When an application sends a packet to the global broadcast IP address
255.255.255.255, I would like that the packet be sent to the Ethernet global broadcast address (
ff:ff:ff:ff:ff:ff), on all interfaces.
On Linux and probably other OSes as well this seems to work. Windows XP and Windows 7 exhibit different behaviors about this, and neither behaviour is desirable for my situation.
Windows XP behavior
The packet will be sent correctly to the first network interface (interface order is specified in "Network Connections/Advanced/Advanced Settings"). It will also be sent to the other interfaces.
Everything is right so far. Problem is, when sending to the other interfaces, the source address of the broadcast packet is the IP address of the first interface. For example, imagine this network configuration (order is important):
- Adapter 1: IP address
- Adapter 2: IP address
- Adapter 3: IP address
Now if I send a broadcast packet, the following packets will be sent (with source and destination IP addresses):
On adapter 1:
On adapter 2:
On adapter 3:
In practice, applications using broadcast packets won't work on any interfaces other than adapter 1. In my opinion, this is a blatant bug in the TCP/IP stack of Windows XP.
Windows 7 behavior
Modifying the network interface order doesn't seem to have any effect on Windows 7. Instead, broadcast seems to be controlled by the IP route table.
IPv4 Route Table =========================================================================== Active Routes: Network Destination Netmask Gateway Interface Metric 0.0.0.0 0.0.0.0 10.202.254.254 10.202.1.2 286 0.0.0.0 0.0.0.0 192.168.0.1 192.168.0.3 10 10.202.0.0 255.255.0.0 On-link 10.202.1.2 286 10.202.1.2 255.255.255.255 On-link 10.202.1.2 286 10.202.255.255 255.255.255.255 On-link 10.202.1.2 286 127.0.0.0 255.0.0.0 On-link 127.0.0.1 306 127.0.0.1 255.255.255.255 On-link 127.0.0.1 306 127.255.255.255 255.255.255.255 On-link 127.0.0.1 306 192.168.0.0 255.255.255.0 On-link 192.168.0.3 266 192.168.0.3 255.255.255.255 On-link 192.168.0.3 266 192.168.0.255 255.255.255.255 On-link 192.168.0.3 266 126.96.36.199 240.0.0.0 On-link 127.0.0.1 306 188.8.131.52 240.0.0.0 On-link 192.168.0.3 266 184.108.40.206 240.0.0.0 On-link 10.202.1.2 286 255.255.255.255 255.255.255.255 On-link 127.0.0.1 306 255.255.255.255 255.255.255.255 On-link 192.168.0.3 266 255.255.255.255 255.255.255.255 On-link 10.202.1.2 286 ===========================================================================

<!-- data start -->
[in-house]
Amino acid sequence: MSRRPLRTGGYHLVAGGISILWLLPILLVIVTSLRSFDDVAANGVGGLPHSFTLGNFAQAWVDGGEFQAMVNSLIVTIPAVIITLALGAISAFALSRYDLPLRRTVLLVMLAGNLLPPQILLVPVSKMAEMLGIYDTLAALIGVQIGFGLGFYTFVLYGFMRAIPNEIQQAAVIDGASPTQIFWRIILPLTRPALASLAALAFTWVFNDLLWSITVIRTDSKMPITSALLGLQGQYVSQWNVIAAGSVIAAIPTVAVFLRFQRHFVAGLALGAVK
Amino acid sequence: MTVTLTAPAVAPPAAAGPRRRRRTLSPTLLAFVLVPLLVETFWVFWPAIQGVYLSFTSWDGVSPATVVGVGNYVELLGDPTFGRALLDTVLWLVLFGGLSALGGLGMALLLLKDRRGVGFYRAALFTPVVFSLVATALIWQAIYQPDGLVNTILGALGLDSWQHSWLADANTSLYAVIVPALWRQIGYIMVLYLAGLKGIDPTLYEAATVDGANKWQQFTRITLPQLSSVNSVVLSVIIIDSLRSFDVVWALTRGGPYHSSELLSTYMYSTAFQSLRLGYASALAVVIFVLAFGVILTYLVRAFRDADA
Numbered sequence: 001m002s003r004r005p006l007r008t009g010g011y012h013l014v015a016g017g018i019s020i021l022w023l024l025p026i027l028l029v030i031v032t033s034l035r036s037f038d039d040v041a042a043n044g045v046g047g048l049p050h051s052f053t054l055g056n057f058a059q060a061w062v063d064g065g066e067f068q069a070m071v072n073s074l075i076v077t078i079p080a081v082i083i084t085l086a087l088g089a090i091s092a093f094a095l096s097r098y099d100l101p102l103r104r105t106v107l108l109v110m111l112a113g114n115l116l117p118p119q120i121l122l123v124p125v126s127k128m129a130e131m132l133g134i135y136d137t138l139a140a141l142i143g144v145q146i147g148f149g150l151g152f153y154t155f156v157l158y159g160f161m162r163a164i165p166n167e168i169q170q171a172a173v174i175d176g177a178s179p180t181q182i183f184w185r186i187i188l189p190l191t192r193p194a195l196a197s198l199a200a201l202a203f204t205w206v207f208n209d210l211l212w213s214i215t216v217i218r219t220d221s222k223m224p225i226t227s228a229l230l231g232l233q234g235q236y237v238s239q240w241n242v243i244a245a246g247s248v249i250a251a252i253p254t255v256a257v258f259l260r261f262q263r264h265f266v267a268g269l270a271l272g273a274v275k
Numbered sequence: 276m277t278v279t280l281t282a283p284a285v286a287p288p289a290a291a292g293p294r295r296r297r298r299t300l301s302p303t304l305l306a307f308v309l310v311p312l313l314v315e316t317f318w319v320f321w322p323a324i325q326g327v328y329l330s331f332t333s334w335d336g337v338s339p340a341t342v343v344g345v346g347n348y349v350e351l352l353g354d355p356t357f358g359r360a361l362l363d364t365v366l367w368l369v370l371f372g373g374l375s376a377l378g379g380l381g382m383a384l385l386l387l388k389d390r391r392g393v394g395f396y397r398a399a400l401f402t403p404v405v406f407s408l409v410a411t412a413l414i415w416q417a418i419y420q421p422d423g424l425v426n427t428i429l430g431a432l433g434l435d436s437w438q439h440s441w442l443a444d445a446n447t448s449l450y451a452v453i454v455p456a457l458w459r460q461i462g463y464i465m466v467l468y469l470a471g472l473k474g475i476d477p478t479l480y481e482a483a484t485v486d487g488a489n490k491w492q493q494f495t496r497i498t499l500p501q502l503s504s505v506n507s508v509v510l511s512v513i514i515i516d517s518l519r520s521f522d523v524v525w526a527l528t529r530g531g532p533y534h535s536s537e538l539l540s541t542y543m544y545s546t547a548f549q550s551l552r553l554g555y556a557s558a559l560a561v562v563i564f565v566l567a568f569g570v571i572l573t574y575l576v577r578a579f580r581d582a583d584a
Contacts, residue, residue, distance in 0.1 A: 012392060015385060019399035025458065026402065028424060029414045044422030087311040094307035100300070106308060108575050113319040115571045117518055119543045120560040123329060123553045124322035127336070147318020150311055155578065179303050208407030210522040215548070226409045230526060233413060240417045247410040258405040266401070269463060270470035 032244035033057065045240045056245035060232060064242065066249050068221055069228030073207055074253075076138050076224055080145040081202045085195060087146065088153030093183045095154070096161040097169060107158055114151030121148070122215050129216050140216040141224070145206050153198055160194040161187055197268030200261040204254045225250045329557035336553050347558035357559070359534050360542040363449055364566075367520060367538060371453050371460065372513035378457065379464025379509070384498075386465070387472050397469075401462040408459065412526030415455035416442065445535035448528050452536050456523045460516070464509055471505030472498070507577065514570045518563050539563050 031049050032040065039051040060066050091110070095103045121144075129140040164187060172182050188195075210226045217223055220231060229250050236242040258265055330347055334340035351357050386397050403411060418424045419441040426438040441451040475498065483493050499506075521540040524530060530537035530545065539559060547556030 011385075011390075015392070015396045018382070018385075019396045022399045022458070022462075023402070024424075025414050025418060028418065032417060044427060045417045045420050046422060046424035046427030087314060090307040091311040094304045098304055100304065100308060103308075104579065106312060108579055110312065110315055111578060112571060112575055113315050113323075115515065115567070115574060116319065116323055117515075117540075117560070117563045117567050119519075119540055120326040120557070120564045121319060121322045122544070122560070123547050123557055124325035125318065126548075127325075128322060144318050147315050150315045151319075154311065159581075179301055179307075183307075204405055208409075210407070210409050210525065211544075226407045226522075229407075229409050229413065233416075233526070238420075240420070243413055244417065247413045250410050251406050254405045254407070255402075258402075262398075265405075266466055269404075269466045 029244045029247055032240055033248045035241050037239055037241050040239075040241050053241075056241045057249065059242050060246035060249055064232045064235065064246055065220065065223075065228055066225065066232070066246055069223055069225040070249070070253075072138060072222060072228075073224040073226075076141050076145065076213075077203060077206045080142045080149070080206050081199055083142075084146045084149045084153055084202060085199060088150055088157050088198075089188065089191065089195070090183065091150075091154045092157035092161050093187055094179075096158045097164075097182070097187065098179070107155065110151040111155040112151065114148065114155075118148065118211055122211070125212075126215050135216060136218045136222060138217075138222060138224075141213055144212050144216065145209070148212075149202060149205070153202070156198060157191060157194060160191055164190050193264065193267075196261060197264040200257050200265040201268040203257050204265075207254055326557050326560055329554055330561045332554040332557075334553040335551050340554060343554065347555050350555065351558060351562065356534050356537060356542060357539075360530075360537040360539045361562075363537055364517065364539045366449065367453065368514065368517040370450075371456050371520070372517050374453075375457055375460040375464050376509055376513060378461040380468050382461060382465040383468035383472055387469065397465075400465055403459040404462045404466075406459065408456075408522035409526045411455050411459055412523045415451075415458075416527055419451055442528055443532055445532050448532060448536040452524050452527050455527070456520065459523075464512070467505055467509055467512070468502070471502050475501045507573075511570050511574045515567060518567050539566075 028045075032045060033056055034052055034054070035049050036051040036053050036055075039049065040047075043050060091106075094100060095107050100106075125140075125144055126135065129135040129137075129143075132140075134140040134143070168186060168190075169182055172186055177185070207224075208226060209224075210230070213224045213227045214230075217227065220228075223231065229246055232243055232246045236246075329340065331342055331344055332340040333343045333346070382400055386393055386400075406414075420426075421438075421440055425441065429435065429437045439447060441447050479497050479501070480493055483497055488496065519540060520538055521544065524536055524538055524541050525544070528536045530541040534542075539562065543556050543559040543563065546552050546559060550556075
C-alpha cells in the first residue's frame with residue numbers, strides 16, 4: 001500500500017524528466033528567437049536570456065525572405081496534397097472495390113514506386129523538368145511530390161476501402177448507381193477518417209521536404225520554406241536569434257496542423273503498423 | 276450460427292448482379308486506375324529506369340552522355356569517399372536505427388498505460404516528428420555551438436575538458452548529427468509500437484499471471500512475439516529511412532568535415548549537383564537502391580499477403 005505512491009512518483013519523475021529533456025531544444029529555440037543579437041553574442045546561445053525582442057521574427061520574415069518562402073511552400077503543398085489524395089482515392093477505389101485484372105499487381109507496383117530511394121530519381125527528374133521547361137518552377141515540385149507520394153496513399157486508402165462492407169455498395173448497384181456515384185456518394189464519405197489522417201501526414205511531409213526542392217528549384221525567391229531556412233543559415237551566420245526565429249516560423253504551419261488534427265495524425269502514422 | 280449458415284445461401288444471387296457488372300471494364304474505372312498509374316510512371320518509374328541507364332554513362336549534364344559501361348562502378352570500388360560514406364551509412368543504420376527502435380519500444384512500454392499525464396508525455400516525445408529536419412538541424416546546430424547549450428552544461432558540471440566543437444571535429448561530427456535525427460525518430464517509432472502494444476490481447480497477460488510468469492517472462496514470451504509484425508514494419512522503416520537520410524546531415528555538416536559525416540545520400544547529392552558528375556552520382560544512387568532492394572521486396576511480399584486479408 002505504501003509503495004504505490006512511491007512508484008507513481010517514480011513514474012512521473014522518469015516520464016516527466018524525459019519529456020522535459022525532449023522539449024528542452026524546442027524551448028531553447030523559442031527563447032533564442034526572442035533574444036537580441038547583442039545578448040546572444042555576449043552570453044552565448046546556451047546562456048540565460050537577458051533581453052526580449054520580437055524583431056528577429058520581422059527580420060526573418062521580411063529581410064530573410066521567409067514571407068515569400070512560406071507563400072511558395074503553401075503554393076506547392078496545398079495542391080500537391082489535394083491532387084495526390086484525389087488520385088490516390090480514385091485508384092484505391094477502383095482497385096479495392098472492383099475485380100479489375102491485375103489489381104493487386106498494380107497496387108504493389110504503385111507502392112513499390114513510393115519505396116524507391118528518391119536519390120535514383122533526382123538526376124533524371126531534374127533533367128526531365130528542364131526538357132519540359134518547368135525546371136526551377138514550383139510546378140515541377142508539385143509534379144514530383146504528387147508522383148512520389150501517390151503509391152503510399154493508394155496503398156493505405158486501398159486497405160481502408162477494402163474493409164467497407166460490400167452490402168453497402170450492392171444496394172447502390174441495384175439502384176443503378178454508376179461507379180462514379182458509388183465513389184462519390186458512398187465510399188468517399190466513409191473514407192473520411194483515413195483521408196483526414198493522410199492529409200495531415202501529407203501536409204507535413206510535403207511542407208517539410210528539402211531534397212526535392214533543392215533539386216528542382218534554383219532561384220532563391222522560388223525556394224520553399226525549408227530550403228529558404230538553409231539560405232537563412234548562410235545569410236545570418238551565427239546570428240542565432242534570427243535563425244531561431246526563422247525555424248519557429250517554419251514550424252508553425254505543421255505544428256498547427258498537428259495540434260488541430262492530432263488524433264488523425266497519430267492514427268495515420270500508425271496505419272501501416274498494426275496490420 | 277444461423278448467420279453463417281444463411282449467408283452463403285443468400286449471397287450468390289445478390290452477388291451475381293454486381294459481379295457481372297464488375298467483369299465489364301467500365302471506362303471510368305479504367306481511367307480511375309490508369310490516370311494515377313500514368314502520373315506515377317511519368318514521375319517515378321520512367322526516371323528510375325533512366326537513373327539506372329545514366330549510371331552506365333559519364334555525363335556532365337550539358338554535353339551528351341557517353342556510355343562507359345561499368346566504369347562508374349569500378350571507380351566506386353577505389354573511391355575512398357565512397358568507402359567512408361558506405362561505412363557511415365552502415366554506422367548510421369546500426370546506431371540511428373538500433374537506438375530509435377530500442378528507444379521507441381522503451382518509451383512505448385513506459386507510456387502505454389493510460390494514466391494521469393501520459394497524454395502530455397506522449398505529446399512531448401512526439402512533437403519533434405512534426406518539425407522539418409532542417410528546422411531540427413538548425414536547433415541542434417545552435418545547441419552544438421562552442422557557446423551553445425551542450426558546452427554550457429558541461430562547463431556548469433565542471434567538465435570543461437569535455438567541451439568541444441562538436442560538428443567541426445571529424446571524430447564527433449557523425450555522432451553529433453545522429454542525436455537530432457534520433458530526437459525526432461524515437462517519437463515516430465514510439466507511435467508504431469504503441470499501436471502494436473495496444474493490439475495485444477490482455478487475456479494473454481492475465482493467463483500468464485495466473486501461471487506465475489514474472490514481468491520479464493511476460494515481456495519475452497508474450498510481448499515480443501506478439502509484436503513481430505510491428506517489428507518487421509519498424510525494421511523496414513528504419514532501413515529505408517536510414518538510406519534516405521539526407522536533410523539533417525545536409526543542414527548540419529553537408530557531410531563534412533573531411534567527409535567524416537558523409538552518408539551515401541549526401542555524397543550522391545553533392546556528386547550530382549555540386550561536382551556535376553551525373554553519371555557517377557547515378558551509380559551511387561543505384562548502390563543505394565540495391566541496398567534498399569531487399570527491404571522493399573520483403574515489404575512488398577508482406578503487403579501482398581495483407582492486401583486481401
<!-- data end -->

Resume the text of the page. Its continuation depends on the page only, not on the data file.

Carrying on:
255.255.255.255 routes? Yep, they control broadcast packets. In this situation, broadcast packets will be send via the
192.168.0.3 because it has the lower metric... but not to the other interfaces.
You can change the interface through which global broadcast packets will be sent very easily (just add a persistent
255.255.255.255 route with a low metric). But no matter how hard you try, broadcast packets will only be sent on only one interface, not all of them like I'd like it to do.
- Windows 7 only sends broadcast packets to one interface. You can choose which one, but that's not the point here.
- Windows XP sends broadcast packets to all interfaces, but it only sends them as expected to one interface, which in practice is equivalent to the Windows 7 behavior.
I want to change this global IP broadcast support in Windows (preferably Windows 7) once and for all. Of course the better way would be to have some kind of supported configuration change (registry hack or similar), but I'm open to all suggestions.